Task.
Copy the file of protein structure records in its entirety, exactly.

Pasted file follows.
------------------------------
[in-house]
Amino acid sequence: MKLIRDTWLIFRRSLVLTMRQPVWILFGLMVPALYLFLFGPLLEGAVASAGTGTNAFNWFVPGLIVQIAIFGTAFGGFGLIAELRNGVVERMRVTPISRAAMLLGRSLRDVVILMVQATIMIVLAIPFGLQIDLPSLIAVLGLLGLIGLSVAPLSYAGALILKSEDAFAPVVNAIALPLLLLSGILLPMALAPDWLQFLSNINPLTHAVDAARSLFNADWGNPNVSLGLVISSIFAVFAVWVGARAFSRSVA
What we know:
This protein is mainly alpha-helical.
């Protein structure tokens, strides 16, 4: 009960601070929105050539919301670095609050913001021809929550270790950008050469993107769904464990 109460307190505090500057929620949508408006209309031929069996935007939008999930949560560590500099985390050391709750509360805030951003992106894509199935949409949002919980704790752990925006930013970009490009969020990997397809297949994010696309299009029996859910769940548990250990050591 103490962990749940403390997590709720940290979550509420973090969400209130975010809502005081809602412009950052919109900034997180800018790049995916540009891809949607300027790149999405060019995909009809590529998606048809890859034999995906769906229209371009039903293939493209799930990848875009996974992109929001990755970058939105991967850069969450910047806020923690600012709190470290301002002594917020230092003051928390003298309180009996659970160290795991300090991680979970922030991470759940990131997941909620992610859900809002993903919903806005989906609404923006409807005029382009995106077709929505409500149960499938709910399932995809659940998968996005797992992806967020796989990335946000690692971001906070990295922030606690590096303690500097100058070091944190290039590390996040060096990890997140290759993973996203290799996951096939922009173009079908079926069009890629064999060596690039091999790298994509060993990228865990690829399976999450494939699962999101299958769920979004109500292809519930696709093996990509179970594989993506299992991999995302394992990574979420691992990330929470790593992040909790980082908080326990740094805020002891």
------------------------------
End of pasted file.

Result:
[in-house]
Amino acid sequence: MKLIRDTWLIFRRSLVLTMRQPVWILFGLMVPALYLFLFGPLLEGAVASAGTGTNAFNWFVPGLIVQIAIFGTAFGGFGLIAELRNGVVERMRVTPISRAAMLLGRSLRDVVILMVQATIMIVLAIPFGLQIDLPSLIAVLGLLGLIGLSVAPLSYAGALILKSEDAFAPVVNAIALPLLLLSGILLPMALAPDWLQFLSNINPLTHAVDAARSLFNADWGNPNVSLGLVISSIFAVFAVWVGARAFSRSVA
What we know:
This protein is mainly alpha-helical.
């Protein structure tokens, strides 16, 4: 009960601070929105050539919301670095609050913001021809929550270790950008050469993107769904464990 109460307190505090500057929620949508408006209309031929069996935007939008999930949560560590500099985390050391709750509360805030951003992106894509199935949409949002919980704790752990925006930013970009490009969020990997397809297949994010696309299009029996859910769940548990250990050591 103490962990749940403390997590709720940290979550509420973090969400209130975010809502005081809602412009950052919109900034997180800018790049995916540009891809949607300027790149999405060019995909009809590529998606048809890859034999995906769906229209371009039903293939493209799930990848875009996974992109929001990755970058939105991967850069969450910047806020923690600012709190470290301002002594917020230092003051928390003298309180009996659970160290795991300090991680979970922030991470759940990131997941909620992610859900809002993903919903806005989906609404923006409807005029382009995106077709929505409500149960499938709910399932995809659940998968996005797992992806967020796989990335946000690692971001906070990295922030606690590096303690500097100058070091944190290039590390996040060096990890997140290759993973996203290799996951096939922009173009079908079926069009890629064999060596690039091999790298994509060993990228865990690829399976999450494939699962999101299958769920979004109500292809519930696709093996990509179970594989993506299992991999995302394992990574979420691992990330929470790593992040909790980082908080326990740094805020002891």